From an initial revisiting of the Du Bois-Washington debate to Derrick Bell's essay on the pitfalls of "doing good," this volume presents fresh contemporary perspectives on the age-old problem of race discrimination. "The problem of the Twentieth Century is the problem of the color-line." Du Bois's prophetic statement, made at the beginning of the century, is as true today at the dawn of the 21st century. Presenting fresh, contemporary perspectives on a centuries-old problem, the contributors to this volume, including top scholars in sociology and political science, show that race-politics remains a part of the new millennium despite past efforts to erase discriminatory practices. From an initial reconsideration of the DuBois-Washington debate to Derrick Bell's essay on the pitfalls of "doing good," the book illustrates that the debate about race remains a firm part of our social fabric, begging for a solution to change old and new feelings about race in the United States.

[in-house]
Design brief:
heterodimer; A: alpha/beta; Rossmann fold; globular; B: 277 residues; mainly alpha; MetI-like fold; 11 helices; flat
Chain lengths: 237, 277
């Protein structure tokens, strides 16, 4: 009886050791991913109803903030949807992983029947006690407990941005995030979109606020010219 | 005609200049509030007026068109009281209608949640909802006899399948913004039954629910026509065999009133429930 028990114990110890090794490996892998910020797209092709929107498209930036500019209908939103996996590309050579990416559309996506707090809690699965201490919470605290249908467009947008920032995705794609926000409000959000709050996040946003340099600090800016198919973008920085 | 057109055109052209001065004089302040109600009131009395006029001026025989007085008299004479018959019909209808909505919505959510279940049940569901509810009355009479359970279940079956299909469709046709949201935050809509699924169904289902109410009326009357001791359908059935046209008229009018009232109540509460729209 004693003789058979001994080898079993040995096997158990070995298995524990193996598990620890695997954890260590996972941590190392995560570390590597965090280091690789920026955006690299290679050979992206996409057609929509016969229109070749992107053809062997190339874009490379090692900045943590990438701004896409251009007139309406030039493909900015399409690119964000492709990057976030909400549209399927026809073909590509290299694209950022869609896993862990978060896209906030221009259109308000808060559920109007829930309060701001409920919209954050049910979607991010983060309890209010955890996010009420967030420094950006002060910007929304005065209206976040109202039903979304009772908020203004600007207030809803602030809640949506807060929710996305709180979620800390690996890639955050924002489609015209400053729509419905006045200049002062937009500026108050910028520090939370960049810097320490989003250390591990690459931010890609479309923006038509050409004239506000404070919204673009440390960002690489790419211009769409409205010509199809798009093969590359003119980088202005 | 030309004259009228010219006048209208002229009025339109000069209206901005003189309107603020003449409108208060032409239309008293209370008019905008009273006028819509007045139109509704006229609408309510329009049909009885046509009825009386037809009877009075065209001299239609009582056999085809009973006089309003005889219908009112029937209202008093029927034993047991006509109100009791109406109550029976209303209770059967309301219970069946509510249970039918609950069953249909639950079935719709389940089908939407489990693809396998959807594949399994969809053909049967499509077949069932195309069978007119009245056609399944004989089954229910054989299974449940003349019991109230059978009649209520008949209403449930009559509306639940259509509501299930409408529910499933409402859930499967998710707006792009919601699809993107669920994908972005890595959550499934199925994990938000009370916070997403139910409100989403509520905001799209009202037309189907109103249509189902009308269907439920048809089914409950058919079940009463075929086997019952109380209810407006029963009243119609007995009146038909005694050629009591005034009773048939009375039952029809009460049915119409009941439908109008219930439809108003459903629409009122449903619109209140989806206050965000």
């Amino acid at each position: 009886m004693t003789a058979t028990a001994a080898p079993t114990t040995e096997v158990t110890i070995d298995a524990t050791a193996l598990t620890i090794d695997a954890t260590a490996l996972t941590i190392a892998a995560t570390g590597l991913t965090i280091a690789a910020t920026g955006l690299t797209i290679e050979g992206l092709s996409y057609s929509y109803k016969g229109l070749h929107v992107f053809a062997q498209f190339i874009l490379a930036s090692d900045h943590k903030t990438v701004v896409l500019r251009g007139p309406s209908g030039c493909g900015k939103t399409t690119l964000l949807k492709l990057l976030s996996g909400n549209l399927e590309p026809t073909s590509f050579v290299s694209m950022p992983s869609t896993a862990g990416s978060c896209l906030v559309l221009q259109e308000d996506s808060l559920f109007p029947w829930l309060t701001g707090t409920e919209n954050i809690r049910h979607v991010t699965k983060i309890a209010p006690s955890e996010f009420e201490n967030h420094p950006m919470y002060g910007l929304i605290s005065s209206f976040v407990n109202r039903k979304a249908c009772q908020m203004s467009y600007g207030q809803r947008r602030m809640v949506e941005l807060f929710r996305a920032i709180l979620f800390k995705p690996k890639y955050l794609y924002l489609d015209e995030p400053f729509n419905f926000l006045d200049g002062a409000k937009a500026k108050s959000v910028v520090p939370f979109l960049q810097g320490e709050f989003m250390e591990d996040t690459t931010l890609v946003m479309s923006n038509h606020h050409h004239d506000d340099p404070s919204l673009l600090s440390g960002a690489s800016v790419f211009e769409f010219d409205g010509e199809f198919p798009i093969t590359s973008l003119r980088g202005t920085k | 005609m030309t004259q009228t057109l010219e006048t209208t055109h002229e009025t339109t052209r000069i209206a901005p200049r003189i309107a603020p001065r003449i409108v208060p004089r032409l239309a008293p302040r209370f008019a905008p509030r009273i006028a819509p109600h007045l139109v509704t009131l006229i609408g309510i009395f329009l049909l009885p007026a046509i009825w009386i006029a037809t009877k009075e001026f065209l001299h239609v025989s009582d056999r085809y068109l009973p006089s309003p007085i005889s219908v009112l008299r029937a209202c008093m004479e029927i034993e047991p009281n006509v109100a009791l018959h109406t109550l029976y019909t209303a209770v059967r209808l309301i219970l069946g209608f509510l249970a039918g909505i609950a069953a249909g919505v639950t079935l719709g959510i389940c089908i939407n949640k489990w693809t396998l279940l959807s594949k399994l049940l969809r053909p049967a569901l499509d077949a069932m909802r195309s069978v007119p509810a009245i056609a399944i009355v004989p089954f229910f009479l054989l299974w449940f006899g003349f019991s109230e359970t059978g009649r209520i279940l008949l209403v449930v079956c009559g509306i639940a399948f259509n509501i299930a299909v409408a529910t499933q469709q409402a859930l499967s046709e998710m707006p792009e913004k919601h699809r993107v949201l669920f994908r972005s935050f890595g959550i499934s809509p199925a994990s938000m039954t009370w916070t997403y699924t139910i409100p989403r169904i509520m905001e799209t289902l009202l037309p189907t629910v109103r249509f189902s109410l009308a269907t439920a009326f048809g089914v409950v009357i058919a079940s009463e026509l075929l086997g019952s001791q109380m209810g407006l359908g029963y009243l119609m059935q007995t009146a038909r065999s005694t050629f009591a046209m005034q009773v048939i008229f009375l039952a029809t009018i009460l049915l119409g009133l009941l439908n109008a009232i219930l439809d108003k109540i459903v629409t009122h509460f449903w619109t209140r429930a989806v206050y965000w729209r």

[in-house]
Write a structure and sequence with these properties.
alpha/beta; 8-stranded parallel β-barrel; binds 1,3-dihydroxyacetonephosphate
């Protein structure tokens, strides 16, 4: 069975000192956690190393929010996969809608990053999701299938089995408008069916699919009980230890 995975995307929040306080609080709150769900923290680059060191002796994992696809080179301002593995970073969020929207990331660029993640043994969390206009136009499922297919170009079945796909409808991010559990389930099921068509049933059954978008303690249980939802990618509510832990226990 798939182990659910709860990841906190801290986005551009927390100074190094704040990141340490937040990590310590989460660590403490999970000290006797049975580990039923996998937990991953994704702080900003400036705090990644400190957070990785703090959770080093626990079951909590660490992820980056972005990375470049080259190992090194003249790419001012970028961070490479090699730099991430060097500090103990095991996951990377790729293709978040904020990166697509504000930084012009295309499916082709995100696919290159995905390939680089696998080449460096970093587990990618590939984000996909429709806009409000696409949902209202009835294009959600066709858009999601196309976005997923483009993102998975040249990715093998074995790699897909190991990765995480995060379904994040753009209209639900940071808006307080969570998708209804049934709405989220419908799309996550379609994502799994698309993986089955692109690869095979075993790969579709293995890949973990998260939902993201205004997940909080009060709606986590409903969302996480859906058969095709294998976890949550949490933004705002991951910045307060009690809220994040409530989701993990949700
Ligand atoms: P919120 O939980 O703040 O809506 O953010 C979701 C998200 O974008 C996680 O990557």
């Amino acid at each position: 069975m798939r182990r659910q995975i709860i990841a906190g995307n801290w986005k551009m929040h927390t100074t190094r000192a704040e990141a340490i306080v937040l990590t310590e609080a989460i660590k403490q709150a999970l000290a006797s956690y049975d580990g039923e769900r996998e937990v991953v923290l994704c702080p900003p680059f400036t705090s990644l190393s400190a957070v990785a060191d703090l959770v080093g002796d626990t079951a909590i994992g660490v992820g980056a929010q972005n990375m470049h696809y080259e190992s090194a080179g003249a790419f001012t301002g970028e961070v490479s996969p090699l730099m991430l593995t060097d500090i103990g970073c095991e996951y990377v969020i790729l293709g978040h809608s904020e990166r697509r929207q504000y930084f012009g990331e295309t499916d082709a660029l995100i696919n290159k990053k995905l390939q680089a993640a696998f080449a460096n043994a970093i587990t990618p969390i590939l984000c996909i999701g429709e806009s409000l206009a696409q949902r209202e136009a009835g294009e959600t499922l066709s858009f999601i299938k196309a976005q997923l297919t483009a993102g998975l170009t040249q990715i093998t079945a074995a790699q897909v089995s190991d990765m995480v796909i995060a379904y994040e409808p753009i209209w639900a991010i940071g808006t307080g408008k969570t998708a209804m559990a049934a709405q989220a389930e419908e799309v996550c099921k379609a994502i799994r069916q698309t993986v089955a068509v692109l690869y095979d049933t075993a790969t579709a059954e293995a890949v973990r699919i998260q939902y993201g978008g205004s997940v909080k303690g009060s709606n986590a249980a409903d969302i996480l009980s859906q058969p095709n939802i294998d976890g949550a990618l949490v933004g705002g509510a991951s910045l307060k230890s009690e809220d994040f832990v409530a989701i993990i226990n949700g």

Grappling with enduring issues of race and identifying new racial realities, the volume examines the white backlash to affirmative action, the organizational structure of affirmative action, the impact of social networks on occupational mobility, upward mobility and minority neighborhoods, and inner-city entrepreneurship. America's changing configuration to a multi-ethnic, multi-racial population is considered in a chapter speculating on the impact for African Americans. In conclusion, the book suggests ways to take positive action.